When bike sharing comes to downtown Los Angeles July 7, making the system equitable for disadvantaged communities will be a priority with the help of a new $75,000 grant from the national Better Bike Share Partnership.
The coalition award, combined with a $25,000 matching grant from Metro, will fund a $100,000 bike share education and encouragement program administered by the Los Angeles County Bicycle Coalition (LACBC) and Multicultural Communities for Mobility (MCM), two L.A.-based community partners. These organizations will develop and test strategies to make Metro and the city of L.A.’s bike share system more accessible and comfortable for underserved communities in and around downtown L.A. and to develop metrics for implementing and measuring equity over the long term.
“As we roll out bike sharing for the first time in Downtown Los Angeles, we are taking the necessary steps to ensure that the system is affordable and accessible to everyone,” said Mark Ridley-Thomas, Los Angeles County Supervisor and Metro Board Chair. “Bike sharing is a natural extension of transit, so it is critical that we create a program that is economical and equitable that meets the needs of our customers, many of whom depend on transit, walking and biking to get where they need to go.”
Scheduled to launch in two weeks, the Metro Bike Share Pilot program will include up to 1,000 bicycles and 65 stations in downtown L.A. from Chinatown to L.A. Trade Tech. Planned locations include Union Station, City Hall, Grand Park, the L.A. Convention Center, South Park, Chinatown, the Arts District, the Fashion District, Little Tokyo and more.
Metro has worked closely with the Los Angeles Department of Transportation (LADOT) to select locations that best meet the mobility needs of downtown residents.
“Bike sharing is a big part of L.A.’s transportation future — it’s affordable, sustainable, and gives people a healthy and exciting way to experience the city,” said Mayor Eric Garcetti. “But bike share programs won’t reach their potential unless we make them more widely accessible. These grant dollars are going to help us make sure that it is available in every community, regardless of geography or income.”
Metro and the city of Los Angeles are working on multiple Metro Board-approved equity initiatives to make Metro Bike Share accessible to everyone. Among other plans, Metro will be waiving the $40 annual flex fee for participants of Metro’s Rider Relief program, enabling low-income transit riders to register for the system and pay only $1.75 per use. That structure also allows bike share to mirror the price of a single trip on the Metro bus and train system.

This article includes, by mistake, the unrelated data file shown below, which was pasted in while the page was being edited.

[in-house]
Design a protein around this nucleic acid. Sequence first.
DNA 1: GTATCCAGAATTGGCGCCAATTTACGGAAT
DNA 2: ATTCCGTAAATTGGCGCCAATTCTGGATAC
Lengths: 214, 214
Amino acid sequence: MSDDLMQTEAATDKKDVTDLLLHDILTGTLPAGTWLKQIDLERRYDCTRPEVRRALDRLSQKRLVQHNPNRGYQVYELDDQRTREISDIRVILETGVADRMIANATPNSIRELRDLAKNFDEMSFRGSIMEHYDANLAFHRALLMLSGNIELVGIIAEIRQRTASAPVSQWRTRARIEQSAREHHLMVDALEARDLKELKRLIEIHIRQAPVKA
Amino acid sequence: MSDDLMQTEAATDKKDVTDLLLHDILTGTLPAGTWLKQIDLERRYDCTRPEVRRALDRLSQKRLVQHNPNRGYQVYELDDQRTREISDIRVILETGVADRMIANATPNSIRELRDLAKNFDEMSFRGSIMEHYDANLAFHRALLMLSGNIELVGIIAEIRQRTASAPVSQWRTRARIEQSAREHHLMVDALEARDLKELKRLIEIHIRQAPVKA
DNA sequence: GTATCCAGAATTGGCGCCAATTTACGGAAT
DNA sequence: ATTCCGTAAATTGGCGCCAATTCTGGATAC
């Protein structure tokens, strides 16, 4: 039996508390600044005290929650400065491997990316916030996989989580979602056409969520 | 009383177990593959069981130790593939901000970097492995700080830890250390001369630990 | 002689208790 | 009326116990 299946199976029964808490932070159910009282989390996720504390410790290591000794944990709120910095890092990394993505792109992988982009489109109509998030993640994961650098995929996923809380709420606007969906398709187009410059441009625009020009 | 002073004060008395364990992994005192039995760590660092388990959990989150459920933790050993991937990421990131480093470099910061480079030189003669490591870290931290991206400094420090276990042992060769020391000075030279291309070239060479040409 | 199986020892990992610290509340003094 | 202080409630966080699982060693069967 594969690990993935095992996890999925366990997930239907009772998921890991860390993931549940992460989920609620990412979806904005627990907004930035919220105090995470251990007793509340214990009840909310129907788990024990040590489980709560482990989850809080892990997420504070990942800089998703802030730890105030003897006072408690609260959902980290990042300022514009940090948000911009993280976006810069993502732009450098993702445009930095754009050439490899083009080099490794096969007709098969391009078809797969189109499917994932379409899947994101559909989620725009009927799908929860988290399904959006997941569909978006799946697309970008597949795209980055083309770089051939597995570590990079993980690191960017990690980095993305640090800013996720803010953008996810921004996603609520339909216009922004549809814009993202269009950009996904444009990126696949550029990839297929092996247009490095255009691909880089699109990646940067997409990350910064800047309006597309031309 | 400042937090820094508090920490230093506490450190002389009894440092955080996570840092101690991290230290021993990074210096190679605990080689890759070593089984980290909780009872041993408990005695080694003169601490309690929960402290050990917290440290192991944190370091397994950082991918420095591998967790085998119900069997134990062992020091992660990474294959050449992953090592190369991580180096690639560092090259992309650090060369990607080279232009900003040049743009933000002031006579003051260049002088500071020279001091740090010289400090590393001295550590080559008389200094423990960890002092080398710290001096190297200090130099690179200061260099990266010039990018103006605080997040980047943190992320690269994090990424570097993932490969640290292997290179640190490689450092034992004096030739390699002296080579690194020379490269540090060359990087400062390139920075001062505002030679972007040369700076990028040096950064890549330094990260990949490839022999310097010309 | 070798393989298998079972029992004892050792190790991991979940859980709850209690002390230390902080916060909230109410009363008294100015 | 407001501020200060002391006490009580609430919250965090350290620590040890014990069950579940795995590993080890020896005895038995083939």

“The Los Angeles County Bicycle Coalition is excited about our Better Bike Share Partnership grant opportunity to work with Metro, the Los Angeles Department of Transportation, and Multicultural Communities for Mobility to make sure all people, especially low-income people and people of color, are included and have access to bike share’s benefits,” said Tamika Butler, Executive Director of the LACBC. “Together we can create a more equitable bike share program that puts the user first and thinks about serving riders of all genders, races, gender identities, incomes, ages, and abilities.”
“Through the Better Bike Share Partnership grant, MCM and LACBC will lead culturally informed research of the bike share system facilitated by a team of community leaders and young professionals to engage a priority audience of low-income individuals and people of color,” said Maria Sipin, Advisory Board Co-chair for Multicultural Communities for Mobility. “This team will seek feedback from and inform our audience about bike share with the goal of learning about its use of the system, their concerns, barriers, and interests related to biking.”
People who live, work and play in downtown L.A. are encouraged to sign up for a Metro bike share pass in advance of the launch at www.metro.net/bikeshare. The system will be accessible exclusively to pass holders from July 7 until August 1, 2016, when it will open for all users, including walk-up customers.